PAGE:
U.S. Congresswoman Jackie Walorski and two members of her staff died on Wednesday when the vehicle they were traveling in collided head-on with a car that veered into their lane, police in Indiana and her office said.
Walorski, 58, a Republican who represented Indiana’s 2nd congressional district in the U.S. House of Representatives, was mourned by President Joe Biden and her colleagues in Congress as an honourable public servant who strived to work across party lines to deliver for her constituents. The White House said it would fly flags at half-staff in her memory.
The congresswoman had been traveling down an Indiana road on Wednesday afternoon with her communications chief, Emma Thomson, 28, and one of her district directors, Zachery Potts, 27, the Elkhart County Sheriff’s Office said.
“A northbound passenger car traveled left of center and collided head on” with Walorski’s vehicle, killing all three occupants, the sheriff’s office said. The driver of the other car, 56-year-old Edith Schmucker, was pronounced dead at the scene, near the northern Indiana town of Nappanee, it added.
Confirming her death in a statement shared on Twitter by House Republican leader Kevin McCarthy, Walorski’s office said: “Dean Swihart, Jackie’s husband, was just informed by the Elkhart County Sheriff’s office that Jackie was killed in a car accident this afternoon.”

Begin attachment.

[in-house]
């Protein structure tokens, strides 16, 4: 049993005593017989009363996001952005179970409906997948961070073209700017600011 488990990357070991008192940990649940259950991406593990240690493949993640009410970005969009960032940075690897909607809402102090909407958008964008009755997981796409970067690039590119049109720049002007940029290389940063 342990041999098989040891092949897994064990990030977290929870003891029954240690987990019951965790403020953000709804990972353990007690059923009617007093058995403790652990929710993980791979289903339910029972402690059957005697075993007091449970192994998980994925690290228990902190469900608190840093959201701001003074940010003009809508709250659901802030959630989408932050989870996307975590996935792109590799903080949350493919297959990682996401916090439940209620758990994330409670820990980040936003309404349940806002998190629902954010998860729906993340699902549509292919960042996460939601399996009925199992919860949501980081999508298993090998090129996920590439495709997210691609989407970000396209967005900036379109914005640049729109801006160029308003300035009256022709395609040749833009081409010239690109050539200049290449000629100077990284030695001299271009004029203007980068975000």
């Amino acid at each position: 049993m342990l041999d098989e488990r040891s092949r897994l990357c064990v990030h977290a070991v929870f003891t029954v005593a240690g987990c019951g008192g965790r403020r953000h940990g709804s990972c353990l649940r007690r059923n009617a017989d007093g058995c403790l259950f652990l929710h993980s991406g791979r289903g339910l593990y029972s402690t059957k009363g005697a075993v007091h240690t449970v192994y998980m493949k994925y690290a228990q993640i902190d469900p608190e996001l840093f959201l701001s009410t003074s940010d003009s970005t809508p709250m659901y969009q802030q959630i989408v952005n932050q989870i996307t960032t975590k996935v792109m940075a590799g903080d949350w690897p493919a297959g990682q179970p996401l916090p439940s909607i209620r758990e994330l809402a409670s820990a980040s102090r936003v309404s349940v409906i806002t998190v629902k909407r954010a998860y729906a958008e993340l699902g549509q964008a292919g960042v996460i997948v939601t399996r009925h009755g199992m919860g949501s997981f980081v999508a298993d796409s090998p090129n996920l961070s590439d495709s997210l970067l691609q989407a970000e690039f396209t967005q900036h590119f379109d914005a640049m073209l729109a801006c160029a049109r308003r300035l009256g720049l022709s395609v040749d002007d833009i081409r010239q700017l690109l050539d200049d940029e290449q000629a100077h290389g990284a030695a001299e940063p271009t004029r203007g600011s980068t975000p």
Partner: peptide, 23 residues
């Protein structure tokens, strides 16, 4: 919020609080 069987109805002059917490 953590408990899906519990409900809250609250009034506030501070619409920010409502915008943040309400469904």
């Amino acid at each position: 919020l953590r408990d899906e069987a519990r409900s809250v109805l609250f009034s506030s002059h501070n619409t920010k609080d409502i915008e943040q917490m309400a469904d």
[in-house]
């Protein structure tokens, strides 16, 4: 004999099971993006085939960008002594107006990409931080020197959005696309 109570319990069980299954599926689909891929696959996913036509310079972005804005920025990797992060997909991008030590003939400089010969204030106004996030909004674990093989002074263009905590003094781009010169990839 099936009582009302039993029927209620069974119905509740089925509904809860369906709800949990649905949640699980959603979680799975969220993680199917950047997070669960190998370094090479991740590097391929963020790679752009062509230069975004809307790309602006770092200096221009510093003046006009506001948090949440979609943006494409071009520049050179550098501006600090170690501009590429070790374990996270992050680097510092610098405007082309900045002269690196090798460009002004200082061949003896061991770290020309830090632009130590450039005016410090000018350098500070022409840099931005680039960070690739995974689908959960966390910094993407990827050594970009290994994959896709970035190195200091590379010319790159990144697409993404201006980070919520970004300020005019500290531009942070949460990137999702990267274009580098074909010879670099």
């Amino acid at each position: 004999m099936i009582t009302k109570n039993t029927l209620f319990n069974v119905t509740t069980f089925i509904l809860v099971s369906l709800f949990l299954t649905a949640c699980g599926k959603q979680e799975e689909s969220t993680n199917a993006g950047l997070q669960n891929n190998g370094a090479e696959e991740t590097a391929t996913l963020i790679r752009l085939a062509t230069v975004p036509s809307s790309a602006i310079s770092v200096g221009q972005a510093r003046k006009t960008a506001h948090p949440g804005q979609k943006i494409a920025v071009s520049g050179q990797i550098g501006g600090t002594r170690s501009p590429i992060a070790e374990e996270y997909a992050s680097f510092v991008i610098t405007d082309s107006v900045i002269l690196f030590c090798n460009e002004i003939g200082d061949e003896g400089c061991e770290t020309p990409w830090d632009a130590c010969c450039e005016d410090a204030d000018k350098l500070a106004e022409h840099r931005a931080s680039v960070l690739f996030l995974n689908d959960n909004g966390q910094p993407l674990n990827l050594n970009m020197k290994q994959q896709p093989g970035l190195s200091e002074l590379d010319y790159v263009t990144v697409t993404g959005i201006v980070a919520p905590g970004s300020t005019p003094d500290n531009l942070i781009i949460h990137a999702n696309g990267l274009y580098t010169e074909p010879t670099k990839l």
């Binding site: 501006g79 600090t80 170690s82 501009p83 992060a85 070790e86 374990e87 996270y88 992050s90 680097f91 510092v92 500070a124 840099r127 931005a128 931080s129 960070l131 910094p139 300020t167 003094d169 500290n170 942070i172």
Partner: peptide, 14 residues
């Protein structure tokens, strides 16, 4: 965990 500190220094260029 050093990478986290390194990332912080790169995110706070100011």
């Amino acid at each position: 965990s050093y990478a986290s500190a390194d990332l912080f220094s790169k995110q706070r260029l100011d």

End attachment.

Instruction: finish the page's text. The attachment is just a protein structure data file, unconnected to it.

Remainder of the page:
It added: “Please keep her family in your thoughts and prayers. We will have no further comment at this time.”
Walorski was a lifelong resident of Indiana, according to her official biography. She served on the House Ways and Means Committee and was the top Republican on the subcommittee on worker and family support.
Prior to her election in 2012 to the House, Walorski served three terms in the Indiana legislature, spent four years as a missionary in Romania along with her husband and worked as a television news reporter in South Bend, according to a biography posted on her congressional website.
President Joe Biden, a Democrat, said he and Walorski “may have represented different parties and disagreed on many issues, but she was respected by members of both parties for her work on the House Ways and Means Committee on which she served.”
Nancy Pelosi, the Democratic speaker of the House, said in a statement that Walorski “passionately brought the voices of her north Indiana constituents to the Congress, and she was admired by colleagues on both sides of the aisle for her personal kindness.”